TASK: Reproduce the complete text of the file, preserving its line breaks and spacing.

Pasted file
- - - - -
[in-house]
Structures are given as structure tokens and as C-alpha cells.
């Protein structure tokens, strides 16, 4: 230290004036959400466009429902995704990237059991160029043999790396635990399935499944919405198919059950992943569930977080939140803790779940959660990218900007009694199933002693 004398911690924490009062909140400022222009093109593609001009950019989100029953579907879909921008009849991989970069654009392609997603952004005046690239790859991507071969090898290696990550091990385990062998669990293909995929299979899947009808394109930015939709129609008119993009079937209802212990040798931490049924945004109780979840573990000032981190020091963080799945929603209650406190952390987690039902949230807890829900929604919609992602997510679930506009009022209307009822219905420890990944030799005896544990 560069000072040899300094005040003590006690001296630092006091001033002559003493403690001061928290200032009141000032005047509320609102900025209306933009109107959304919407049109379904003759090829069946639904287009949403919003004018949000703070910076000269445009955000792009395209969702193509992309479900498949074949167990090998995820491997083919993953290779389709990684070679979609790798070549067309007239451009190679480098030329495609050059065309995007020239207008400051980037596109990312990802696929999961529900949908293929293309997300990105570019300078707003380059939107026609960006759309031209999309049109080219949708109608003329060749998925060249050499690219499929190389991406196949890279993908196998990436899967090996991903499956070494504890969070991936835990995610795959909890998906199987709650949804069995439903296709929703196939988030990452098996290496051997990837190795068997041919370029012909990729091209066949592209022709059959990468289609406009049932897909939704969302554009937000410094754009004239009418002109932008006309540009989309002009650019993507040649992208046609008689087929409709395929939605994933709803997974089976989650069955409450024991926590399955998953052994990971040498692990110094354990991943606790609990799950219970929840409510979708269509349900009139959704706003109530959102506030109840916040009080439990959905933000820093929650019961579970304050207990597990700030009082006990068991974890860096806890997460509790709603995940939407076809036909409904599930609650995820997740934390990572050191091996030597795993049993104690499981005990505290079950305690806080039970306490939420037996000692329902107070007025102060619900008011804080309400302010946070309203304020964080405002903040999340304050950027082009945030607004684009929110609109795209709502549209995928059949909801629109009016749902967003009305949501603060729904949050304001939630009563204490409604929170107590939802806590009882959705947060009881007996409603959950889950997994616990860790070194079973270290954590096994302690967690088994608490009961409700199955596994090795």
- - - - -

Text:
[in-house]
Structures are given as structure tokens and as C-alpha cells.
């Protein structure tokens, strides 16, 4: 230290004036959400466009429902995704990237059991160029043999790396635990399935499944919405198919059950992943569930977080939140803790779940959660990218900007009694199933002693 004398911690924490009062909140400022222009093109593609001009950019989100029953579907879909921008009849991989970069654009392609997603952004005046690239790859991507071969090898290696990550091990385990062998669990293909995929299979899947009808394109930015939709129609008119993009079937209802212990040798931490049924945004109780979840573990000032981190020091963080799945929603209650406190952390987690039902949230807890829900929604919609992602997510679930506009009022209307009822219905420890990944030799005896544990 560069000072040899300094005040003590006690001296630092006091001033002559003493403690001061928290200032009141000032005047509320609102900025209306933009109107959304919407049109379904003759090829069946639904287009949403919003004018949000703070910076000269445009955000792009395209969702193509992309479900498949074949167990090998995820491997083919993953290779389709990684070679979609790798070549067309007239451009190679480098030329495609050059065309995007020239207008400051980037596109990312990802696929999961529900949908293929293309997300990105570019300078707003380059939107026609960006759309031209999309049109080219949708109608003329060749998925060249050499690219499929190389991406196949890279993908196998990436899967090996991903499956070494504890969070991936835990995610795959909890998906199987709650949804069995439903296709929703196939988030990452098996290496051997990837190795068997041919370029012909990729091209066949592209022709059959990468289609406009049932897909939704969302554009937000410094754009004239009418002109932008006309540009989309002009650019993507040649992208046609008689087929409709395929939605994933709803997974089976989650069955409450024991926590399955998953052994990971040498692990110094354990991943606790609990799950219970929840409510979708269509349900009139959704706003109530959102506030109840916040009080439990959905933000820093929650019961579970304050207990597990700030009082006990068991974890860096806890997460509790709603995940939407076809036909409904599930609650995820997740934390990572050191091996030597795993049993104690499981005990505290079950305690806080039970306490939420037996000692329902107070007025102060619900008011804080309400302010946070309203304020964080405002903040999340304050950027082009945030607004684009929110609109795209709502549209995928059949909801629109009016749902967003009305949501603060729904949050304001939630009563204490409604929170107590939802806590009882959705947060009881007996409603959950889950997994616990860790070194079973270290954590096994302690967690088994608490009961409700199955596994090795």